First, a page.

The magic of engagement

Here I was last night watching fireworks when found myself engaged in a conversation with a gentleman by the name of “Dan”. In no time, our conversation turned to non-profit organizations and philanthropy. As he ticked through a number of different organizations he has supported over the years, he ended each of those thoughts with a negative memory attached to a fundraising issue or event. Here is a list of terms he used repeatedly used:

  • Dreaded special events
  • Rubber chicken dinners
  • Money grubbers
  • Beggars

If you personally know me, then you know how enthusiastic I am about philanthropy. So, this conversation was painful to sit through. However, five minutes into our chat Dan’s tone changed completely when he started talking about a new charity in which he has recently gotten involved. The name of this non-profit organization is Year Up.

I was desperate to change the path we had been on, so I started asking questions about this particular  non-profit organization. What I discovered just confirms everything I’ve learned about philanthropy over the last 15 years. In a nutshell, Dan glowed on and on about a recent “rubber chicken fundraising dinner” where participants weren’t just asked to give money, but the entire program was geared towards promoting involvement.

  • Creating internship opportunities for clients
  • Helping clients with resumes, cover letters, and their job search
  • Mentoring clients

While these words didn’t exactly come out of Dan’s mouth, he essentially said, “Ah ha! Finally a non-profit organization that isn’t just after my money. I am more than just a meal ticket. I am seen as a partner who is willing to roll up his sleeves and help advance the mission.” Most importantly, he had a twinkle in his eye and was obviously excited.

In my opinion, this is exactly what Penelope Burk is talking about when she writes about “donor centered fundraising”.

Isn’t it funny how many fundraising and non-profit professionals are afraid to ask donors to get involved? All I can figure is that we practice this avoidance behavior because we’re afraid donors will see us as “asking for too much” and withdraw their support completely. So, instead of letting donors make decisions about their own time and level of engagement, we oftentimes make that decision for them.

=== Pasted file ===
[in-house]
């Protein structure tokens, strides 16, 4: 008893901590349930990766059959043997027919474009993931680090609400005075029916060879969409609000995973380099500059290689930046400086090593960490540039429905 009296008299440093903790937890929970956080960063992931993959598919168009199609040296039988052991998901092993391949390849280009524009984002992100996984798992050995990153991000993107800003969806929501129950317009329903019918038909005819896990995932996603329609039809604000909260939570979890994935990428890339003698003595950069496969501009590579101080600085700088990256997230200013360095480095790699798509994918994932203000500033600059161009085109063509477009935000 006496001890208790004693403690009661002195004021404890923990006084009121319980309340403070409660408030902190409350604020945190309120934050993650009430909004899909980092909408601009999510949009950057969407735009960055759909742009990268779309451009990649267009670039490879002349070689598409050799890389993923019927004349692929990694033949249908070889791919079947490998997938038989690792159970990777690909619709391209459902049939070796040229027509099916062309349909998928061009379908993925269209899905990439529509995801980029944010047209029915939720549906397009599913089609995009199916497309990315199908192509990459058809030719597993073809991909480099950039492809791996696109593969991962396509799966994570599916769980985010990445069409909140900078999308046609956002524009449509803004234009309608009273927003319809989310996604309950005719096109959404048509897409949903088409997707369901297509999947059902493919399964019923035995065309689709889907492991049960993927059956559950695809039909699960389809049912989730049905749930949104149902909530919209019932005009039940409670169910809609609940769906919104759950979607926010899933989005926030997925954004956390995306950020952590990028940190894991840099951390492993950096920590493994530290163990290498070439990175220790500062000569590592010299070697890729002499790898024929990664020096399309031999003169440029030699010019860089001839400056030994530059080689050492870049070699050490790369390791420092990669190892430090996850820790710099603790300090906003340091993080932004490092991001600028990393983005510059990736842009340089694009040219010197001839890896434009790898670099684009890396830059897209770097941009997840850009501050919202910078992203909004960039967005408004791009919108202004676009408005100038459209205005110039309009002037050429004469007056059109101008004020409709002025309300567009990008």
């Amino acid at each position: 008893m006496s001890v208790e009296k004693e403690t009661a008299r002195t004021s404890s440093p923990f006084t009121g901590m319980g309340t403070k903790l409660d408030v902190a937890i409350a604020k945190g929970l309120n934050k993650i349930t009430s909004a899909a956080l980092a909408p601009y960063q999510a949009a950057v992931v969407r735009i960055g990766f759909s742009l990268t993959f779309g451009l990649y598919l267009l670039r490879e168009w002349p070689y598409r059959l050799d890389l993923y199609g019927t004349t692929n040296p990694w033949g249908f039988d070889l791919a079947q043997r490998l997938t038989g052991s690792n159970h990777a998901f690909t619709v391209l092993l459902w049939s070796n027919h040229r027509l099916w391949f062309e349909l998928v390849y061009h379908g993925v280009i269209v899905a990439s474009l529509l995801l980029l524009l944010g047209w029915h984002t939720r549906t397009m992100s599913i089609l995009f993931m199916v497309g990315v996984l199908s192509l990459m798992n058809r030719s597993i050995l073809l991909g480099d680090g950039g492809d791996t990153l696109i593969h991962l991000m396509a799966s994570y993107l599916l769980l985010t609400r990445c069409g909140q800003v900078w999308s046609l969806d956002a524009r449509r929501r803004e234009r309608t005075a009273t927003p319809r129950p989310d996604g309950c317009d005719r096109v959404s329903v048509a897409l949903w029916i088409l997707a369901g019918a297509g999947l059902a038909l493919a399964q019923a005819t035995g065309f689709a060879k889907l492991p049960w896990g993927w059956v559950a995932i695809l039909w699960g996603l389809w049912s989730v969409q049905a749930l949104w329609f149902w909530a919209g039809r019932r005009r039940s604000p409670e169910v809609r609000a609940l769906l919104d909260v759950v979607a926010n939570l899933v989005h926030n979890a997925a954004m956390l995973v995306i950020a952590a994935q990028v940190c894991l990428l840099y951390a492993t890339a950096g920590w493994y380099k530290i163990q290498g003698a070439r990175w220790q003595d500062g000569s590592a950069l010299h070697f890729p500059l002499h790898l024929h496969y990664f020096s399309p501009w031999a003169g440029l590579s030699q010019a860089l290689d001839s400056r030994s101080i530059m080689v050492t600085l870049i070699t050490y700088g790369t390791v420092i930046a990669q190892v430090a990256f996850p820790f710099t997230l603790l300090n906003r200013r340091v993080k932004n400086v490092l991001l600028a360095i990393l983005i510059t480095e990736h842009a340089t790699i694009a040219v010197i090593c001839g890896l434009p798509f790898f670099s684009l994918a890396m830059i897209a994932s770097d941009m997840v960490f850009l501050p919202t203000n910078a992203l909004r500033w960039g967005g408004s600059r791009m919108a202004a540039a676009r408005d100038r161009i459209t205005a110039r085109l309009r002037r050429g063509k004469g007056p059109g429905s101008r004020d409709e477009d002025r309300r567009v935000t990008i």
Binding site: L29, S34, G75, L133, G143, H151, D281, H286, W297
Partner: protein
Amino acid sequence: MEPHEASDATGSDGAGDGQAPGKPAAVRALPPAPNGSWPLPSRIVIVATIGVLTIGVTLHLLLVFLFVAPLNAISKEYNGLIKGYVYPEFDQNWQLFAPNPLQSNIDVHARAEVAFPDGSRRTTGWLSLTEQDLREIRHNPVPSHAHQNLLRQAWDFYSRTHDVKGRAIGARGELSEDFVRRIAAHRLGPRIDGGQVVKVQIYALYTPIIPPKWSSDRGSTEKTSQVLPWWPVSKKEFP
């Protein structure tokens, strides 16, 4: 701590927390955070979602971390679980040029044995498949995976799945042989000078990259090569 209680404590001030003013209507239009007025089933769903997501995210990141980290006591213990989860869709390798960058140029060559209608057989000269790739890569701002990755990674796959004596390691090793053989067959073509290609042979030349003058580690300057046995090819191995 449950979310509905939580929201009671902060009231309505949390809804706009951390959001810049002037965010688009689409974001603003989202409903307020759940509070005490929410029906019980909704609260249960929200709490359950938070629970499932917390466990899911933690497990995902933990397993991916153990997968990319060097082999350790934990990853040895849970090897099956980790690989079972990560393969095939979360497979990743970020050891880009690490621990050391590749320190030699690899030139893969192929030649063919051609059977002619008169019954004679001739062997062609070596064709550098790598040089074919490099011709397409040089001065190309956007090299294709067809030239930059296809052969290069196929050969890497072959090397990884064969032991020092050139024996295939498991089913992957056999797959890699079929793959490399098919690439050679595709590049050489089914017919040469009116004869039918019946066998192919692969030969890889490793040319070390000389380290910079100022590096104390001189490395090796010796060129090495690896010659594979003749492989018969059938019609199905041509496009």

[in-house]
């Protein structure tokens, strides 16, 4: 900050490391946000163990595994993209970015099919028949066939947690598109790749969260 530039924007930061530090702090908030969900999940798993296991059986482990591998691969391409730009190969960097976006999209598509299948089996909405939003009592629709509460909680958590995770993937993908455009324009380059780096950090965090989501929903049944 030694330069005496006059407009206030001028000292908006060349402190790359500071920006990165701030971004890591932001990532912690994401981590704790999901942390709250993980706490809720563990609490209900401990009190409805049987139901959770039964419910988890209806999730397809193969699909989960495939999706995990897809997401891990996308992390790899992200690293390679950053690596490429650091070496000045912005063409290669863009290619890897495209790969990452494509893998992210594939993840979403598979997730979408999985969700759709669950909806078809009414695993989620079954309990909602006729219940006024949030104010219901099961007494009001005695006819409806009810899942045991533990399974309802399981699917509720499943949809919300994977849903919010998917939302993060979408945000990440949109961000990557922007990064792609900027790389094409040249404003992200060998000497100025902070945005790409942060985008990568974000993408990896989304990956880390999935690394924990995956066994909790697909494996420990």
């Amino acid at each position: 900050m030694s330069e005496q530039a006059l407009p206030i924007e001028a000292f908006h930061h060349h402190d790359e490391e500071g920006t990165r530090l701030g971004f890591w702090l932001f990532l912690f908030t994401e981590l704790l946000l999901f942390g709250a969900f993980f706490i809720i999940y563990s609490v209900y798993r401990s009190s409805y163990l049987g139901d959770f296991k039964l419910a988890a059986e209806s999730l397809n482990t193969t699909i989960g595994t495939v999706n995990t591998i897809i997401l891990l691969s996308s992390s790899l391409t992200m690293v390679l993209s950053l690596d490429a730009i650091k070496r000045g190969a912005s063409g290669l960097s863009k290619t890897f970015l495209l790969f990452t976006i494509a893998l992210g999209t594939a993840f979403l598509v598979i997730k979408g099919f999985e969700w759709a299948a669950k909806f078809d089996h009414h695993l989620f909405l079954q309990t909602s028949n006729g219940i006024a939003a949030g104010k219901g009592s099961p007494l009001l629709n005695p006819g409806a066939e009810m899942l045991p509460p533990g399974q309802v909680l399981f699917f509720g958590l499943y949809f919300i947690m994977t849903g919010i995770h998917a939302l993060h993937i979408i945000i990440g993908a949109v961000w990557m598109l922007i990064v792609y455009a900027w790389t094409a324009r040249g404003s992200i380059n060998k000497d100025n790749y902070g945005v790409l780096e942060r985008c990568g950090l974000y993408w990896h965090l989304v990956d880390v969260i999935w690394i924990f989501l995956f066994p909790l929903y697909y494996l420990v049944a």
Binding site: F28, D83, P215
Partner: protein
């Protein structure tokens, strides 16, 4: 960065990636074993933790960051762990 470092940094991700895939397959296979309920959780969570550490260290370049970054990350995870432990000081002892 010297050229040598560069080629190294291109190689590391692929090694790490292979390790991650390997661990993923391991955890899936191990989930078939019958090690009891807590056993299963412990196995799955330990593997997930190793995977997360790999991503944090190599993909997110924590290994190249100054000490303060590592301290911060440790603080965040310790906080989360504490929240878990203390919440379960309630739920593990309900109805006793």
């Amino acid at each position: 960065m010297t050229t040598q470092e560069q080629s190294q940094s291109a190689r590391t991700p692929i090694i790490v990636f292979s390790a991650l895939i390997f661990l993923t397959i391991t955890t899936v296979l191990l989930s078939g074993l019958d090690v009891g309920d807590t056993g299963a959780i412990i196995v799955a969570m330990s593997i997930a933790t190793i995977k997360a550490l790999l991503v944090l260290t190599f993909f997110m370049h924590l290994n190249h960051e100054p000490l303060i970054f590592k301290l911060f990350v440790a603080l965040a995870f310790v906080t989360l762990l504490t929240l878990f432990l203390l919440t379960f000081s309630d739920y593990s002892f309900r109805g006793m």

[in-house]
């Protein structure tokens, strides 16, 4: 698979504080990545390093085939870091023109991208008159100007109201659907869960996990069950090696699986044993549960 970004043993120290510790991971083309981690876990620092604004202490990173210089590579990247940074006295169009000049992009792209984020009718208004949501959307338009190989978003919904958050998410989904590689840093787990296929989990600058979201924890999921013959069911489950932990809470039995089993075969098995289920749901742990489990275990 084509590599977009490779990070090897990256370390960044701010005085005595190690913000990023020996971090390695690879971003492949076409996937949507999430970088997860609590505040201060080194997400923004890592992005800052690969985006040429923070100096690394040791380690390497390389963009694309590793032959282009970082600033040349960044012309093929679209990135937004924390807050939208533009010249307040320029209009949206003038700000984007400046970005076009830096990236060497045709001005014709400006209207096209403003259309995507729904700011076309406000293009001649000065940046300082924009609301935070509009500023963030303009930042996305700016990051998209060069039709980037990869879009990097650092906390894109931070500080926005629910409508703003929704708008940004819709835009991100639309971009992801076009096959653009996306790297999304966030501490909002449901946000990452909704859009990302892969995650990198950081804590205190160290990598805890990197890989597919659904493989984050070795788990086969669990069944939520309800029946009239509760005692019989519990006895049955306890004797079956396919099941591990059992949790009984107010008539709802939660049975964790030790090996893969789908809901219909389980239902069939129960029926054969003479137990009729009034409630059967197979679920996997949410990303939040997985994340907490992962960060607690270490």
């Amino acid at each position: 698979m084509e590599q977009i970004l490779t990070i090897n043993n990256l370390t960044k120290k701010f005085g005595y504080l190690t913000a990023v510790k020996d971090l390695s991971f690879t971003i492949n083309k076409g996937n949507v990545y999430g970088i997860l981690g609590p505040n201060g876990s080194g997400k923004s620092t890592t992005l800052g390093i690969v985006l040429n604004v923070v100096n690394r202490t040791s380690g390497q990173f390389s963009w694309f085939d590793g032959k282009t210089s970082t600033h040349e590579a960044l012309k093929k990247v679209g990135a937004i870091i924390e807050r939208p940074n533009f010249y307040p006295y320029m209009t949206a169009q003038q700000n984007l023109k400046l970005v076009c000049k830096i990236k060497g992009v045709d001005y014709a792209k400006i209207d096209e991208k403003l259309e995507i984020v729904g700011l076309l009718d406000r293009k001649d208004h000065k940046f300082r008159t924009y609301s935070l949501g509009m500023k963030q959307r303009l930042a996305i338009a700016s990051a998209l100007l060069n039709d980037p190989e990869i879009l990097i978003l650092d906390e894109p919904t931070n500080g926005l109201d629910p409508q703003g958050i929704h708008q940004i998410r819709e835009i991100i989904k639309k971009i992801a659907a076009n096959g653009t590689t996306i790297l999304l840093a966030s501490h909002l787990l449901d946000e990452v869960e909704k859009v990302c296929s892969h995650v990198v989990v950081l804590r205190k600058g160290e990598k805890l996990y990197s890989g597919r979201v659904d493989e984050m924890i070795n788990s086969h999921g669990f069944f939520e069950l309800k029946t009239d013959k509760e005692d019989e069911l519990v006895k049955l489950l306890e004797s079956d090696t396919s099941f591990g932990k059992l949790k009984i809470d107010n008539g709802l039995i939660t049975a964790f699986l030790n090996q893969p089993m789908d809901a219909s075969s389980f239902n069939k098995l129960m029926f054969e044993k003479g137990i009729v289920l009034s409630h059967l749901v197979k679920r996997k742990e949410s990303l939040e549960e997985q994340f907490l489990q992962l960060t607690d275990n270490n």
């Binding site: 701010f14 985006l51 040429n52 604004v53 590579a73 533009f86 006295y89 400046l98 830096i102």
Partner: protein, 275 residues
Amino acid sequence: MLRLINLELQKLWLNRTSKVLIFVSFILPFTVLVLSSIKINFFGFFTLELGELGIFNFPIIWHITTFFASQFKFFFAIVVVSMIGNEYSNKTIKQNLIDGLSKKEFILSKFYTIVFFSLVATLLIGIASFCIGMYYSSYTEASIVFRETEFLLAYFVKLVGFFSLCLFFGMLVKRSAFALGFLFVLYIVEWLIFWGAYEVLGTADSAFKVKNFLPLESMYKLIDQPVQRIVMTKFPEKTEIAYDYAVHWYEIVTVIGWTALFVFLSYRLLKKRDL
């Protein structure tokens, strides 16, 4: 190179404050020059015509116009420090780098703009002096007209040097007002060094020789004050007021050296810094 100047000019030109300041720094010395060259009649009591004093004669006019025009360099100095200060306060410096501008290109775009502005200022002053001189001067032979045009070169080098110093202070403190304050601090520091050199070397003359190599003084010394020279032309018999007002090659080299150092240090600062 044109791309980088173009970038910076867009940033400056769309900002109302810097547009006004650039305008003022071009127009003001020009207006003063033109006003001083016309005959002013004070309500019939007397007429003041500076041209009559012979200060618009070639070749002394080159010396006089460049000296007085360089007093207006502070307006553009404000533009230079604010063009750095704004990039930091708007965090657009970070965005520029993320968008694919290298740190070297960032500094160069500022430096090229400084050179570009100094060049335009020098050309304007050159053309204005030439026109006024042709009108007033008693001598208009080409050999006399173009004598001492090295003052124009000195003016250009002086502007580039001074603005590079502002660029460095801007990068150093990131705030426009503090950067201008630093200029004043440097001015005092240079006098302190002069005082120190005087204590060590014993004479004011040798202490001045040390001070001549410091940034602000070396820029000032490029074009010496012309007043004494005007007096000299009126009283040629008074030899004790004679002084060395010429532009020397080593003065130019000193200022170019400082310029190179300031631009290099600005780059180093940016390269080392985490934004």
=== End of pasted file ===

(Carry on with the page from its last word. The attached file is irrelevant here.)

I can imagine that there are donors who might stop supporting a non-profit organization if they feel harassed. With that being said, I’m not advocating harassment tactics. So, here is my challenge to you … identify 10 current donors and schedule face-to-face visits with them sometime in the next 30 days. During your sitdown meeting, talk to them about the impact their most recent financial contribution has made and then ask each donor this simple question: “in addition to your generous financial support, is there anything else you would like to do to support the mission?” Don’t offer up your ideas and thoughts. Just like when you are soliciting a contribution, be very quiet and still after asking the question.

You might just be surprised with where the conversation leads you. You might also like what kind of fundraising and non-profit professional or volunteer you become. I bet you will find an army of people just like Dan who will roll up their sleeves and end up becoming some of your most loyal donors. And those donors who are happy remaining financial supporters and cheerleaders will likely be thrilled that you asked.

Do you know anyone like Dan? What words have they used to describe fundraising and non-profit organizations? Have they fallen in love with a particular charity? If so, what do you attribute to their change of heart? Please use the comment section of this blog to share because these stories can be so transformative for so many of us.

Sorry for today’s super long post, but I always get excited when I can relay a real life donor story to those of you who care so much about philanthropy.

Here is to your health!

Erik Anderson
Owner, The Healthy Non-Profit LLC!/eanderson847!/profile.php?id=1021153653


  1. Eric- you are ‘da man! Very enjoyable, thought proviking and right on. If more fundrasining professionals would try or take on your challenge they would be pleasantly surprised at how enjoyable and succesthis this approach is! Bravo, keep up the great work.

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